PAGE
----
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Learning and Liminality in Agile Adoptions

Posted by Dan Mezick on Nov 16, 2013 |

A note to the reader: If you are new to this series on Open Agile Adoption, you can catch up by examining Part1, Part2 and Part3. The previous article (Part3) described the concept of liminality and reading it is an essential step, before examining this essay.

Stability in the Liminal State

Liminality is unsettling, and generates stress. A hypothesis of Open Agile Adoption is that introducing Agile into typical organizations creates liminality at the group level. If this liminality is handled with a passage rite, there is potential for a rapid and lasting Agile adoption.

The core idea behind Open Agile Adoption is that recognizing and addressing liminality reduces the worry, anxiety and fear associated with Agile adoption. It creates at least the potential for a rapid and lasting Agile adoption. The primary way this is accomplished is by leveraging the ancient practice of the passage rite. A passage rite creates a structured experience for participants….with a beginning, a middle and an end.

Open Agile Adoption is a repeatable technique for getting a rapid and lasting Agile adoption. It works with what you are currently doing, and can be added at any time. It incorporates passage rites, game mechanics, Open Space, storytelling and more, so your Agile adoption can take root.

The Passage Rite

Transitions are tough, and serve as a kind of bridge from here to there. Adopting Agile is a big transition that always means lots and lots of new learning. And learning is stressful, because it generates liminality.

All genuine learning in adults creates instability- liminality- until that learning is integrated. The primary way to manage liminality in a social system is to institute a passage rite.

A rite of passage provides a structure. This ritual has a structure that provides a beginning, middle and an end to a transitional experience.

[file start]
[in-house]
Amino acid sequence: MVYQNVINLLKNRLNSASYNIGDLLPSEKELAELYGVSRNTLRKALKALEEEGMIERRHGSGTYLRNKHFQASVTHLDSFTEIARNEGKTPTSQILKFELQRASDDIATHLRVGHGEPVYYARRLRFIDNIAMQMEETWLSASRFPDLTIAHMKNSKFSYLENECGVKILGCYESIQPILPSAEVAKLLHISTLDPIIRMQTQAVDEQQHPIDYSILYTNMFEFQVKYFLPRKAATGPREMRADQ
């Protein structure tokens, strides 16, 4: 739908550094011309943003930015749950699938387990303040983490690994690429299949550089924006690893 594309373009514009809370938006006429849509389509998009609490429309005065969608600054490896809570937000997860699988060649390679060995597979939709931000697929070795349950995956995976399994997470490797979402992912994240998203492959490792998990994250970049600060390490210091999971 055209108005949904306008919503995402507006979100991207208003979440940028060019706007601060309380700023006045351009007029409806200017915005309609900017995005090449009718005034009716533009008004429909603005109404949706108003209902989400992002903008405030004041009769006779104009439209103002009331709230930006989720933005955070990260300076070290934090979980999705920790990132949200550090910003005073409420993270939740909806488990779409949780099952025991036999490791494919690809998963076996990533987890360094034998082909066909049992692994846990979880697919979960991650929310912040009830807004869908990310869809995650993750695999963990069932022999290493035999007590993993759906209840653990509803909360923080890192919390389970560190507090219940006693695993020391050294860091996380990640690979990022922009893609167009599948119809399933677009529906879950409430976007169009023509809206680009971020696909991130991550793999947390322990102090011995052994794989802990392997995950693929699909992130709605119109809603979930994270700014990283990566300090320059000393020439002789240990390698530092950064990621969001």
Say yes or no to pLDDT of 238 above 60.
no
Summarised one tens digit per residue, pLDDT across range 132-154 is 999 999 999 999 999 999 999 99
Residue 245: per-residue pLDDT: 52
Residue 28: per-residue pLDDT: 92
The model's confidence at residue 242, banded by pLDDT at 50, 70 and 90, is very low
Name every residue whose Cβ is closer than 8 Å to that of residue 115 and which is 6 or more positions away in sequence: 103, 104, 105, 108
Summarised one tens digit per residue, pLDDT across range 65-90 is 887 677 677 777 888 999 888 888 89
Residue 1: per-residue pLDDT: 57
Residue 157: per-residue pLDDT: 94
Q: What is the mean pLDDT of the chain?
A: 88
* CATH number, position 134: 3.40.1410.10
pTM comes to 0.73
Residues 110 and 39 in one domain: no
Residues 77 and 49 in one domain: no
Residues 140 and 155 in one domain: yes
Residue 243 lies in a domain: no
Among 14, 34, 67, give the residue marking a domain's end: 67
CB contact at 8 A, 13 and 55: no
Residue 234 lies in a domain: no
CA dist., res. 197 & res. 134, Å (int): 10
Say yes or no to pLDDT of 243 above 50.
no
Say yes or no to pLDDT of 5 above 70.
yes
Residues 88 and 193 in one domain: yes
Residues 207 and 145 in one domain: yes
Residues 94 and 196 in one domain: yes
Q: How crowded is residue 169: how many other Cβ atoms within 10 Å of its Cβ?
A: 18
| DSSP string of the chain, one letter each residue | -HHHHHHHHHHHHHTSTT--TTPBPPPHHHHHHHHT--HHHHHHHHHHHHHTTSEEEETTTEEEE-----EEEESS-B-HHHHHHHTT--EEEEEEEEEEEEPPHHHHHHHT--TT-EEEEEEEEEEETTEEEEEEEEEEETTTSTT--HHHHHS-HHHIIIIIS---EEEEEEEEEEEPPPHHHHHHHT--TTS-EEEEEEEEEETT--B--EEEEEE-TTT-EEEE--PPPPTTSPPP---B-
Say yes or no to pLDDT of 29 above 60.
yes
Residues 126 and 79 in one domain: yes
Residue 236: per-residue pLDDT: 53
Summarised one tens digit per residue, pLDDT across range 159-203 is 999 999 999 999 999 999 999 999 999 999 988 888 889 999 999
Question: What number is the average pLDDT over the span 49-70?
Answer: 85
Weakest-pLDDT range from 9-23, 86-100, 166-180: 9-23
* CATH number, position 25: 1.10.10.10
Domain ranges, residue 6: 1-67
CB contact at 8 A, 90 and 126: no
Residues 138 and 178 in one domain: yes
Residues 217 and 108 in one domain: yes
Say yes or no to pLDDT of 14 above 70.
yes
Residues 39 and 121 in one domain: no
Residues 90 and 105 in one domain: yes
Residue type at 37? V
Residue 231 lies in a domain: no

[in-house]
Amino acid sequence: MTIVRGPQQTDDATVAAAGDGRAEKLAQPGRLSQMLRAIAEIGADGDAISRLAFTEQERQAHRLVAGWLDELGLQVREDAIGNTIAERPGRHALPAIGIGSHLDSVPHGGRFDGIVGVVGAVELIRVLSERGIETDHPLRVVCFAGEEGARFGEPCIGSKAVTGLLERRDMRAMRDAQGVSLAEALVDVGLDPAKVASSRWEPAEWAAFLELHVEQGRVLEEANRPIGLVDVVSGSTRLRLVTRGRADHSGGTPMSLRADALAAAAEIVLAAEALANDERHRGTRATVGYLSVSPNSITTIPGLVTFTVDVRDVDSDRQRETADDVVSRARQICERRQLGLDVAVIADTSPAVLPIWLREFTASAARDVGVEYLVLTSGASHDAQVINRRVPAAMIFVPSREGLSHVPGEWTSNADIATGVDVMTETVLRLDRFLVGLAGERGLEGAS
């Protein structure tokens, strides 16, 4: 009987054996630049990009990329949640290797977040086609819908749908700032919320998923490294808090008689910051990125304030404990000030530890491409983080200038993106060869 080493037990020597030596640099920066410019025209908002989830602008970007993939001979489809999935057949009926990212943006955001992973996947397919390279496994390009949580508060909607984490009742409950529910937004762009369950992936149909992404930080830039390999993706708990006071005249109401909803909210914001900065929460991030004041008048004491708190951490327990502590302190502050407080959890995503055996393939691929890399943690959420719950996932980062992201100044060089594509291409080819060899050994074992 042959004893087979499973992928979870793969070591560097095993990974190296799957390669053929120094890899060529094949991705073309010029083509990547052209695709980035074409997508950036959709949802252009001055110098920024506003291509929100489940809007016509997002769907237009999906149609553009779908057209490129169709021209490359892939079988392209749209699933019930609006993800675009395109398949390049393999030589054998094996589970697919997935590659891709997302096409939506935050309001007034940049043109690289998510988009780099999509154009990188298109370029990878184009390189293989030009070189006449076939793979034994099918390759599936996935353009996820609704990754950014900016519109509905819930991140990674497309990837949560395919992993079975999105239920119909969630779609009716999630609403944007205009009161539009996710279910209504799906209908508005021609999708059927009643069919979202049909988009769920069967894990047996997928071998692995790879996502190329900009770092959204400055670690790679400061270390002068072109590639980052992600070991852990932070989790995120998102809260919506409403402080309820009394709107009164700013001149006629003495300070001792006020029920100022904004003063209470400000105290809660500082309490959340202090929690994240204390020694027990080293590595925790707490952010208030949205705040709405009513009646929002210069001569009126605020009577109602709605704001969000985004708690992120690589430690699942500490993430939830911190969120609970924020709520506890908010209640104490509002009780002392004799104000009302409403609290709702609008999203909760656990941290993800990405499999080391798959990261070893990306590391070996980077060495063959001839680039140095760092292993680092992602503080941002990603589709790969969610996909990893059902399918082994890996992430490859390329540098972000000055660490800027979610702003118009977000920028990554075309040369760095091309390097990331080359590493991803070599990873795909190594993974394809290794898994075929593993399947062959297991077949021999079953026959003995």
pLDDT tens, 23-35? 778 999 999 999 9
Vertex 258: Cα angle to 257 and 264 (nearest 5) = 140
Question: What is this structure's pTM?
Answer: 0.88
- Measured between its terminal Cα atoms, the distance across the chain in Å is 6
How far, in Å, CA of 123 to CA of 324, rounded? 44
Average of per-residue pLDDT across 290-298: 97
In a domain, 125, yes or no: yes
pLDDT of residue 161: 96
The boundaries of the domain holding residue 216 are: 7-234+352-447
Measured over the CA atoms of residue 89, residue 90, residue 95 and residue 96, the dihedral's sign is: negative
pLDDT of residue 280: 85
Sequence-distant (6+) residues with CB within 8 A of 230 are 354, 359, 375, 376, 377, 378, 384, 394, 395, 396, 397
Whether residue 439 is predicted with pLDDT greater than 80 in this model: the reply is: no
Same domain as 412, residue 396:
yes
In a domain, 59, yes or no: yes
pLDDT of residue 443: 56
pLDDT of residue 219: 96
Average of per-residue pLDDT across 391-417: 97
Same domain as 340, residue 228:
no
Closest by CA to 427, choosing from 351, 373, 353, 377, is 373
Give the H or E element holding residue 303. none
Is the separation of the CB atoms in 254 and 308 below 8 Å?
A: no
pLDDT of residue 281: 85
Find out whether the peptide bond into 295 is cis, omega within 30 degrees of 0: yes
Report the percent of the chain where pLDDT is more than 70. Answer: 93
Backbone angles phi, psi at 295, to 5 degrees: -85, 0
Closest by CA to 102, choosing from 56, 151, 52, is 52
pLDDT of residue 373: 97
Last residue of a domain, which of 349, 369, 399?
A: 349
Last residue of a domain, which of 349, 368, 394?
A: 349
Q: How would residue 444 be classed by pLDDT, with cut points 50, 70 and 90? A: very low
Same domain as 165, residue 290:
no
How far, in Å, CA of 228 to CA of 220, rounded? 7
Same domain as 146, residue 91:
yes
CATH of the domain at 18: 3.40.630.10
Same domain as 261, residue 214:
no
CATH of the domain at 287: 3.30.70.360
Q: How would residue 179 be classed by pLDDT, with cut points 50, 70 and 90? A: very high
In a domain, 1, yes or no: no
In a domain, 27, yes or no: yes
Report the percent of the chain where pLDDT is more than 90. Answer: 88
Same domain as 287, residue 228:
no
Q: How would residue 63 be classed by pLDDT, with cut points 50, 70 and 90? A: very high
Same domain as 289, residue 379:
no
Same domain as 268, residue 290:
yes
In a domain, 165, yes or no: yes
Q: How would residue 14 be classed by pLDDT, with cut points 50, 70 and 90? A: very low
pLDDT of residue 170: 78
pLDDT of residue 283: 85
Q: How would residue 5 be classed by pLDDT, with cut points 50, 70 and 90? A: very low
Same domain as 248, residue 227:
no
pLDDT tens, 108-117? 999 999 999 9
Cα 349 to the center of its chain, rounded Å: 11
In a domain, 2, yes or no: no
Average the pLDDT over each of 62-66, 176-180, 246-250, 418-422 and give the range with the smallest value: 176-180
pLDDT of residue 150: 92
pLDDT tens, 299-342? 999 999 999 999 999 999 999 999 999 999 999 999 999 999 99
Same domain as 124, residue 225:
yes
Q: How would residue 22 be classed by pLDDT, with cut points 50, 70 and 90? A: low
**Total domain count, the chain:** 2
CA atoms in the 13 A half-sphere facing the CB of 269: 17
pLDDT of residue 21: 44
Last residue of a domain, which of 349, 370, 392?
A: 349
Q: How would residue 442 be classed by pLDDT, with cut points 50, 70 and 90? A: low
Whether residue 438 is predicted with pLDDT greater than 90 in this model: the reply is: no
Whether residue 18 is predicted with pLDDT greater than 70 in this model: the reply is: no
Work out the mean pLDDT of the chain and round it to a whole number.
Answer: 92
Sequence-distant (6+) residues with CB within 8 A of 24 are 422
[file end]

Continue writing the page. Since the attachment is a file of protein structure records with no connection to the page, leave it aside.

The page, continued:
Experience Design

Designing a passage rite is an exercise in experience design. Passage rites contain and thereby reduce the highly destabilizing feelings of liminality. This is important, because liminality causes stress that can lead to all sorts of problems, including deep anxiety, fear, panic, depression and even various forms of neuroses.

When you study passage rites, you learn that they usually include at least one very scary experience. For example: a member of a tribe in Africa going through a passage rite from boyhood to manhood might have to kill a dangerous animal, like a lion or a hyena. You might be wondering if this passage-rite notion is such a good idea. Do we really want to put people though super-scary experiences?

Here is something to think about: culturally speaking, what comes first: the highly stressful transition, or the passage rite?

Passage Rites and Liminality

The highly stressful transition comes first. Passage rites are a cultural response. Passage rites serve to contain the scary experience of transition. They are established by a culture in response to the need for management of highly stressful liminality. The transition comes first; the creation of a passage rite comes later, as a cultural mechanism for managing the transition from here to there.

In other words, a passage rite does not produce liminality. Instead a passage rite handles the liminality that shows up during key transitions in the life of the group, and its members.

The stressful and necessary transition- for example, the transition from childhood to adulthood- is present BEFORE a passage rite was instituted.

The primary task of of a structured passage rite is to ease the stressful liminality created by a transition.

The primary task of an Agile adoption is to produce a cultural transformation. This is a huge transition that in theory never ever ends, because it is focused on continuous learning and improvement.

We currently do not manage this very huge transition as well as we might. Passage rites can help.

And that is what Open Agile Adoption is all about.

Passage Rites as Culture Games

Passage rites are cultural games. They are designed with a clear goal, clear rules, rich feedback, and opt-in participation. It is important to note that the Open Agile Adoption technique is instituting passage rite, and that this passage rite is in fact a game!

Key Points:

  • Big transitions in the life of a group produce liminality;
  • Liminality is stressful. It can make you anxious and fearful;
  • Passage rites do not produce liminality, instead passage rites are cultural devices that help handle the liminal state of being, so that the participants can get through… to go where they need to go.
  • Agile adoptions are transitions and produce considerable anxiety, worry and the liminal state;
  • A formal passage rite- a certain kind of cultural ritual- can help;